It is for this reason, seeing now these reforms in hindsight, that we take the traditional  rites of Holy Week. As Fr. Cekada says, “If you don’t want to cross to the other side (i.e., the New Mass), then why get on the bridge?”

I do remember, however, the first Sunday of Advent of 1964, in which the first changes of Vatican II appeared in the Mass. While these were tame by today’s standards, nonetheless I smelled the odor of Modernism in them. I remember walking home from Mass that day, thinking to myself, “There is something Protestant about the Mass.” It was about this time that I declared a personal war upon the reforms of Vatican II.

During the years that followed I strove, as nearly everyone did at the time, to see Vatican II in a positive light, and to try to make sense of it. There are still many who do the same now. When I was in the Modernist seminary, however, I saw what Vatican II was all about. I saw its deeply radical and corrupt nature. I saw that it was not merely a question of changing accidental forms in the Church, but a true revolution, doctrinal, moral, spiritual, and liturgical. I fought it as much as I could.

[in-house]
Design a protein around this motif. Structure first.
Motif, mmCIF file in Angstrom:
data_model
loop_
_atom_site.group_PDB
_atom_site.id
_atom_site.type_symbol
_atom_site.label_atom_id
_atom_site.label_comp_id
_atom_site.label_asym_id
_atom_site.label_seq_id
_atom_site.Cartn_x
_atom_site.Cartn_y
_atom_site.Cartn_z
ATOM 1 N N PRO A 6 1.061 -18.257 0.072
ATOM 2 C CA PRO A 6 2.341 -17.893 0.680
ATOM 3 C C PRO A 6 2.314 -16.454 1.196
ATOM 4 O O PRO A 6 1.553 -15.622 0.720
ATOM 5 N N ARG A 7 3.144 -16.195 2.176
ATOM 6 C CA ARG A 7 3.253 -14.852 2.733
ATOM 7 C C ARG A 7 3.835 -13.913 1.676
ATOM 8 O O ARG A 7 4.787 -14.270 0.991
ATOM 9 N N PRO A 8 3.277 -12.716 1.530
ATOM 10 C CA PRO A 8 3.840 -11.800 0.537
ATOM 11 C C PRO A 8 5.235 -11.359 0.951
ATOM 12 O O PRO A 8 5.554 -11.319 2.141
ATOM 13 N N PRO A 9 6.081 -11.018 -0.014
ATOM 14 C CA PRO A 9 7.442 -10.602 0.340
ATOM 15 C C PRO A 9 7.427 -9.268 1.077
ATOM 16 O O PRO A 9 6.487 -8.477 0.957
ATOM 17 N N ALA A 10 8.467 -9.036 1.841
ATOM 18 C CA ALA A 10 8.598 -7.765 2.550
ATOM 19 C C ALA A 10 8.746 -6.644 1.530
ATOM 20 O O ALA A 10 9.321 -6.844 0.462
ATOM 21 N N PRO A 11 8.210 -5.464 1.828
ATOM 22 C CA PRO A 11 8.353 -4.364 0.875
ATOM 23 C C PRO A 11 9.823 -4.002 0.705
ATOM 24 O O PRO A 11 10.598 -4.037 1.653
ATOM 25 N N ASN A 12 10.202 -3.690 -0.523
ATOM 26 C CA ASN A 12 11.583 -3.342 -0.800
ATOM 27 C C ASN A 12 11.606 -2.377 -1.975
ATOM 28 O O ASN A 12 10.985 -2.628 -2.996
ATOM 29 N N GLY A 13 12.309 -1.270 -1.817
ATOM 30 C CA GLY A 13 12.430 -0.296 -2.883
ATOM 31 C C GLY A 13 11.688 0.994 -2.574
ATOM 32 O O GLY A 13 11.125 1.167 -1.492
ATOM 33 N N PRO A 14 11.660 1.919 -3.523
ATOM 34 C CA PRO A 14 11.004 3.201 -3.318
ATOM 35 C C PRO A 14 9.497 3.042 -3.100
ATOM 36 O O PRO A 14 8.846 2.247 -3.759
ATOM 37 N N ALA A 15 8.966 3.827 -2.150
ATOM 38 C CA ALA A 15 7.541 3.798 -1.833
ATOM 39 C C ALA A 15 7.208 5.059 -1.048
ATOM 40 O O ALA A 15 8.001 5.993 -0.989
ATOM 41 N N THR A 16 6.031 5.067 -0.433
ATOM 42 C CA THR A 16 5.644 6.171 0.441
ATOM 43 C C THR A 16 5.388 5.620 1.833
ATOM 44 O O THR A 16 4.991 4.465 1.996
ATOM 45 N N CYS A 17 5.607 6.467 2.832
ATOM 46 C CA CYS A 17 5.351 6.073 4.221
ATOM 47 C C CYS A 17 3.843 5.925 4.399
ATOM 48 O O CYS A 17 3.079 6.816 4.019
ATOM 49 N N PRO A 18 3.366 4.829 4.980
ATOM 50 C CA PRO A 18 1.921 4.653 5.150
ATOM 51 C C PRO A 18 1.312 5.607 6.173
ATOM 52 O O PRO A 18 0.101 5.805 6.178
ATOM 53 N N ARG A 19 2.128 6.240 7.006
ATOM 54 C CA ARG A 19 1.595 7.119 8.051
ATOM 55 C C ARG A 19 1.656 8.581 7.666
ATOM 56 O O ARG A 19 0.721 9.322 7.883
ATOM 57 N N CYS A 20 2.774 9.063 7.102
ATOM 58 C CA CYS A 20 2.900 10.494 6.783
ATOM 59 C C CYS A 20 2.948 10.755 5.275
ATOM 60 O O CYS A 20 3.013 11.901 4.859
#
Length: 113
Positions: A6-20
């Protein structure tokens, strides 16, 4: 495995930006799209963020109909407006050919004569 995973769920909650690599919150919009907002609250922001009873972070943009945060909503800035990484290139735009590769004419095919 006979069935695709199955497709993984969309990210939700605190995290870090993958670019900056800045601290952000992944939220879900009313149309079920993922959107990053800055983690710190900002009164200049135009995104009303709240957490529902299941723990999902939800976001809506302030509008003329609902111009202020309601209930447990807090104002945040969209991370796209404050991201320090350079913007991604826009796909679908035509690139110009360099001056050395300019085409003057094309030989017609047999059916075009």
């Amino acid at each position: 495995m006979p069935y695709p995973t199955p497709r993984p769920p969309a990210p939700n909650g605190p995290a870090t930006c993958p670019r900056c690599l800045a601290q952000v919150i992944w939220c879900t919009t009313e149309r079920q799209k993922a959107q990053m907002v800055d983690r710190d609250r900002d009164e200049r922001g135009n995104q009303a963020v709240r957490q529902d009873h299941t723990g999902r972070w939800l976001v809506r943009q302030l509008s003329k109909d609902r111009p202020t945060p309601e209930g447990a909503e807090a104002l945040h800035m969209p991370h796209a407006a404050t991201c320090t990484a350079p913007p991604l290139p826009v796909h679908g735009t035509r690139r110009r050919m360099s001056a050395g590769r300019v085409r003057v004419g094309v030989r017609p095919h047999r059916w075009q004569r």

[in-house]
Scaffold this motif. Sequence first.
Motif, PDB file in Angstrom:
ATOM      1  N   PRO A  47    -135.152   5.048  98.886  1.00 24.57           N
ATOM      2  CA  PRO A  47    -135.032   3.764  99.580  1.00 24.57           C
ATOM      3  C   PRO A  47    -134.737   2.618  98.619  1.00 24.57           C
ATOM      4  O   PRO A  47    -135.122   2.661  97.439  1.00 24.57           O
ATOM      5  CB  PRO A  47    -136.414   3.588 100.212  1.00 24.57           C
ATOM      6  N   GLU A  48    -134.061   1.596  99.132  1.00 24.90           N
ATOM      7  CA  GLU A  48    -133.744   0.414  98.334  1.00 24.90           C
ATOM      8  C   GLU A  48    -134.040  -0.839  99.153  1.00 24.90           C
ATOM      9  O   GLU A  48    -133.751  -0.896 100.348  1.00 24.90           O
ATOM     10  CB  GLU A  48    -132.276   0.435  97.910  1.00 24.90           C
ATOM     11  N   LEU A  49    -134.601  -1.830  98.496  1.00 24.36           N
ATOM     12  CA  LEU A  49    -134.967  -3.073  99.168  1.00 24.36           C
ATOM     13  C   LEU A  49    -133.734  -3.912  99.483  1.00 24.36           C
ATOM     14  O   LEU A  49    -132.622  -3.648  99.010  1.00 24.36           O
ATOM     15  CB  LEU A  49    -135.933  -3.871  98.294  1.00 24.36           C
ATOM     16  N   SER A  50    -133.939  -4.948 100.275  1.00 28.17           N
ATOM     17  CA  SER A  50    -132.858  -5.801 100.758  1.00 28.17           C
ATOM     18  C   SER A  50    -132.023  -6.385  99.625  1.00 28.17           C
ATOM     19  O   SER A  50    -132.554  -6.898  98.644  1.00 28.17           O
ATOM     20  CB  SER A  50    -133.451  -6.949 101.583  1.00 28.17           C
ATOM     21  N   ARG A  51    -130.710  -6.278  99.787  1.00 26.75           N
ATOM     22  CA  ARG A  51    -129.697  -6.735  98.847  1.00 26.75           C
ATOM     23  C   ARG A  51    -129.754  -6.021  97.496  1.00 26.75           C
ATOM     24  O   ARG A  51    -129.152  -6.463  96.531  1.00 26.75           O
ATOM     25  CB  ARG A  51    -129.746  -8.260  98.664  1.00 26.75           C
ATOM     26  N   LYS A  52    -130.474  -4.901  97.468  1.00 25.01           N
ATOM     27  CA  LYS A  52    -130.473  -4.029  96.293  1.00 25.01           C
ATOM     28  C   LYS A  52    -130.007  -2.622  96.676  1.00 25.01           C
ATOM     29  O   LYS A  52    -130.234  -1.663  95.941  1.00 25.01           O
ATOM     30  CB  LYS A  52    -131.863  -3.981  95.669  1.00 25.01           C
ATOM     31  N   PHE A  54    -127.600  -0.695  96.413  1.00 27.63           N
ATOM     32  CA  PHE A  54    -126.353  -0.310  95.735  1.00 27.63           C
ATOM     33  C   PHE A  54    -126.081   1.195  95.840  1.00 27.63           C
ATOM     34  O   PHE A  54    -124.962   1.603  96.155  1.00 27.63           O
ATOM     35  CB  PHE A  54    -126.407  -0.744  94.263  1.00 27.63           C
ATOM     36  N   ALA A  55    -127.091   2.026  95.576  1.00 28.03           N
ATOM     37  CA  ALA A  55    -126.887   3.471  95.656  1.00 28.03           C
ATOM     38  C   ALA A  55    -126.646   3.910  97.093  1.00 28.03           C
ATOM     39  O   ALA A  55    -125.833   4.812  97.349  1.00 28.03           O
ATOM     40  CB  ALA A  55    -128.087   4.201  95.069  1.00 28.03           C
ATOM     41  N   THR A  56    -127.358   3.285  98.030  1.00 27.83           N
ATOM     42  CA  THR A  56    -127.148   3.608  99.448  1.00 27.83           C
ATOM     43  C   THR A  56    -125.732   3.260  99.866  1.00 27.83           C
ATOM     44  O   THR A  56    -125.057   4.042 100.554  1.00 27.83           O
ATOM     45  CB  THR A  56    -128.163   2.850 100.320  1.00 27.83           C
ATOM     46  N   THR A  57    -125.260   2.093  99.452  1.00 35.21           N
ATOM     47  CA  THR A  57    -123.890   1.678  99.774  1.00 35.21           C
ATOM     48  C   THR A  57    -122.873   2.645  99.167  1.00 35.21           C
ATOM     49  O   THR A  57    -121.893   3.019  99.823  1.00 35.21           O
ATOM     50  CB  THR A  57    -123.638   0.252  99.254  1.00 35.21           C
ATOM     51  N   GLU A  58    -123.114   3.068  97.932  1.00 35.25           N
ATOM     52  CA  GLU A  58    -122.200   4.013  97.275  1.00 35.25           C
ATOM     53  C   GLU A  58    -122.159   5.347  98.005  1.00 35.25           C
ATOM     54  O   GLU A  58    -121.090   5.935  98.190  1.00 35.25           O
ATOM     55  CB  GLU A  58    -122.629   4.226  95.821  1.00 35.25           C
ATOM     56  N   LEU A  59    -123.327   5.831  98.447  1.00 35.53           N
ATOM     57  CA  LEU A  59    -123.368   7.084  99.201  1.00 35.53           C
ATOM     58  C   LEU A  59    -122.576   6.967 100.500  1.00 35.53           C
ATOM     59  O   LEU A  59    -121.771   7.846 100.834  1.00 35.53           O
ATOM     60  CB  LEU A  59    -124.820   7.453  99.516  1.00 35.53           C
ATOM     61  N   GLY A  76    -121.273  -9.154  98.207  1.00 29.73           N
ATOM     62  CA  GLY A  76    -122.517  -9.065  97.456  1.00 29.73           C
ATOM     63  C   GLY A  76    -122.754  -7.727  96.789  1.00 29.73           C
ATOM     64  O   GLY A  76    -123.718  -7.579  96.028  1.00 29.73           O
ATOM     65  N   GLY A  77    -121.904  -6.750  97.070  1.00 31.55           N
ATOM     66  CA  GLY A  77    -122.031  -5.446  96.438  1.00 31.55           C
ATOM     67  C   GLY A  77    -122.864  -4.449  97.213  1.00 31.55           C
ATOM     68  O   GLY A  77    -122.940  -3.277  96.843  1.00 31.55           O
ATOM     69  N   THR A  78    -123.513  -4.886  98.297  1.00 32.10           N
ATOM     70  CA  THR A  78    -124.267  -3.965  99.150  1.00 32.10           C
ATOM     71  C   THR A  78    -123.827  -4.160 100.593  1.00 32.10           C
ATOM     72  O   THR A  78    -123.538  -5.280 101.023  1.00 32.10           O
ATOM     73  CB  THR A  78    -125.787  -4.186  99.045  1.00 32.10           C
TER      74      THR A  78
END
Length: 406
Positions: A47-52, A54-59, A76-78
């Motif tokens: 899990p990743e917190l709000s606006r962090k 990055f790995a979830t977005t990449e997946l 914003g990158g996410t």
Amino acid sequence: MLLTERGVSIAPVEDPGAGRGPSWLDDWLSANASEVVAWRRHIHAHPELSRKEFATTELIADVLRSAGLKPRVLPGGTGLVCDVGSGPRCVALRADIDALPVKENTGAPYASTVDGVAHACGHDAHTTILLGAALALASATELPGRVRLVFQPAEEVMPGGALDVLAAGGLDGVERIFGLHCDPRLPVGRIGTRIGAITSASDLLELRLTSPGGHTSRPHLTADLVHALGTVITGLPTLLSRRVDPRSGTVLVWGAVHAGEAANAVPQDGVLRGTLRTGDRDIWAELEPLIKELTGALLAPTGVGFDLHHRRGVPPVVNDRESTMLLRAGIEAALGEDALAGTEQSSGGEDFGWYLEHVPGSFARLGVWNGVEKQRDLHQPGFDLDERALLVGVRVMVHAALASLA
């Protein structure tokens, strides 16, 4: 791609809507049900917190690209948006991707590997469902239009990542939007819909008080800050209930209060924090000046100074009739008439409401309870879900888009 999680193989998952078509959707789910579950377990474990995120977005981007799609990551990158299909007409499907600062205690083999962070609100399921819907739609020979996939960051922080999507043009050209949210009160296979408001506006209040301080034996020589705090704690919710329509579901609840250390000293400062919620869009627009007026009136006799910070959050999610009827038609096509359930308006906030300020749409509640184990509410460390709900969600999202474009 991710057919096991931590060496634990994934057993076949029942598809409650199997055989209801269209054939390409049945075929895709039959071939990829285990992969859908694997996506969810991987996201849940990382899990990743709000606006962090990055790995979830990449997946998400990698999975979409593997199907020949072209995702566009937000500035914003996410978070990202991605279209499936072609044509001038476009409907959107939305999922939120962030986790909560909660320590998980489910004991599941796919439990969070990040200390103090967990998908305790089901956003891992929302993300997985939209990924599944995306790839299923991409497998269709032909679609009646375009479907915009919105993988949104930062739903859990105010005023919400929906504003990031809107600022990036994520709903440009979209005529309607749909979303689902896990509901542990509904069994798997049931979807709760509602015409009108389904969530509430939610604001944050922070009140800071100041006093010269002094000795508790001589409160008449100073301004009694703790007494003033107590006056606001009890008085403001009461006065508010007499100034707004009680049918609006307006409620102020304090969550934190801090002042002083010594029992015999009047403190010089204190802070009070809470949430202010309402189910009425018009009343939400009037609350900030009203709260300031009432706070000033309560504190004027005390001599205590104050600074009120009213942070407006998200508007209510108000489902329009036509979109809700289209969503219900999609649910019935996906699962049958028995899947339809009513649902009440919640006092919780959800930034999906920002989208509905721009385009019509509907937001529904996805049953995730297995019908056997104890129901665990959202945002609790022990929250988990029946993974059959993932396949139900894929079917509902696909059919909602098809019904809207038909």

Even upon entering Ecône in 1971, however, I still entertained the fantasy that somehow Paul VI did not assent to all of the evils in the Church, and that it was the “bad bishops” who were doing all the harm.

What opened my eyes to Paul VI’s true nature was my reading of an essay by the Abbé  de Nantes, a French priest, known as the Liber Accusationis in Paulum Sextum (The Book of Accusation against Paul VI). This priest, in a carefully documented work, analyzed the background and teaching of Paul VI, and demonstrated without doubt that the man was a Modernist of the first rank. At this point I became a sedevacantist. It was 1973.